In the end, the market is going to decide whether the EyeSpecial is the right camera for dentistry, but for the reasons mentioned above, I simply can't get excited about it.

Best Wishes,

Sunday, May 18, 2014

OK, So I Took Dental Images. Now What Do I Do With Them?

Let's assume you're one of the thousands of dentists who've contacted me over the last 15 years while I've taught clinical photography. You've figured out which lens, camera and flash system to use. You created a photography workflow that works in your office. You've even gotten to the point where you're capturing images on a regular basis, but you've come to the realization that you need a better way to store images. Well, I'm here to help.

Maybe you're just looking for a better way to organize your personal photos. This process, with simply different naming conventions, will work beautifully.

While traveling the globe teaching my 2 day course, I used to show dentists all of the reasons why a well catalogued image archive was vital to growing case acceptance. Then, we'd walk through the entire process from creating a database all the way through presenting care using my unique Digital Co-Diagnosis system.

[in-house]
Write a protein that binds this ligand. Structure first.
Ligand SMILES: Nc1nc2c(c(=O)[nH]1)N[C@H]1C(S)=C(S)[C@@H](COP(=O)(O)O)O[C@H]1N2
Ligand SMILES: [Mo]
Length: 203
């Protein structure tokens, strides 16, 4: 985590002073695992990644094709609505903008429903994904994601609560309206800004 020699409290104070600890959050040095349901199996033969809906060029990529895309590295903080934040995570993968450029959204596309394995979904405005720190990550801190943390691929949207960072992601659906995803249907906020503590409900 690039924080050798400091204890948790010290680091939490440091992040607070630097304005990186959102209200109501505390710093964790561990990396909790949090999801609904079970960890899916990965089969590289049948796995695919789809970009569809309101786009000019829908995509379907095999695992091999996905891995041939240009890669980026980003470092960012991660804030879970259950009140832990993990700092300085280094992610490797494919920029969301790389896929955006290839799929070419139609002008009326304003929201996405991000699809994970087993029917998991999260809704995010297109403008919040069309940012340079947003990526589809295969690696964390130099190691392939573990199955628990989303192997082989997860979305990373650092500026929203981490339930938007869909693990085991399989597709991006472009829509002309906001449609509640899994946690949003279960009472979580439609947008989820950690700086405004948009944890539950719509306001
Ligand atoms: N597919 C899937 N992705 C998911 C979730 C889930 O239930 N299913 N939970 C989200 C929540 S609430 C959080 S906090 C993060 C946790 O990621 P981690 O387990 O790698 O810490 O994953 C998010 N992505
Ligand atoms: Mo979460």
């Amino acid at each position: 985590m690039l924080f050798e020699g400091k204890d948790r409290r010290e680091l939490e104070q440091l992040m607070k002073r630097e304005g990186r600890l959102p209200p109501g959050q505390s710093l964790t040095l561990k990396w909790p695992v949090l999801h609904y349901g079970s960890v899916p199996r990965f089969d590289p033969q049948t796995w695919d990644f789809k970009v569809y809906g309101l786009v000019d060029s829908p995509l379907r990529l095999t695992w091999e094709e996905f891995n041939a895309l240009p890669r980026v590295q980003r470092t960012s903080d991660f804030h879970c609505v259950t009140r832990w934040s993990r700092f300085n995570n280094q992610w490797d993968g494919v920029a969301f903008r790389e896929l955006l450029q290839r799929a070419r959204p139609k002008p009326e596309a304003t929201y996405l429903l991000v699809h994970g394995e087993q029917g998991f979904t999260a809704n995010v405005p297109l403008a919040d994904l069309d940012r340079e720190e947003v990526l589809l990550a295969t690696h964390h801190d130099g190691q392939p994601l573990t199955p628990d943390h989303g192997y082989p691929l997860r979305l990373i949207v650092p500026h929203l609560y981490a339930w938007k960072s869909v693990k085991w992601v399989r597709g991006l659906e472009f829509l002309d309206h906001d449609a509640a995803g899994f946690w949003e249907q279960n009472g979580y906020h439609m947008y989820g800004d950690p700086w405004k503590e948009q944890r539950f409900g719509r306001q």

I'm going to share the first part with you on this post.

First, go check out my post from 2 years ago about why windows explorer (or "Finder in Apple computers) is the absolute best way to store images. https://www.blogger.com/blogger.g?blogID=1633945094564766702#editor/target=post;postID=7114437143644401070;onPublishedMenu=posts;onClosedMenu=posts;postNum=0;src=postname

Below will be a series of screen shots which will show you, step by step, how to set up a database on your computer. This series was originally created 2 years ago for Windows 7, but works almost exactly the same on all Windows machines from the last 10 years.

On future posts, I may show things like how to morph images, create effective power points, etc, if there is interest.

Please email me if you have any questions.

Best Wishes,
Dental photography image storage

Dental photography image storage

Dental photography image storage

Dental photography image storage

Dental photography image storage

Dental photography image storage

Dental photography image storage

Dental photography image storage










Saturday, May 10, 2014

The Right Lens for Dental Clinical Photography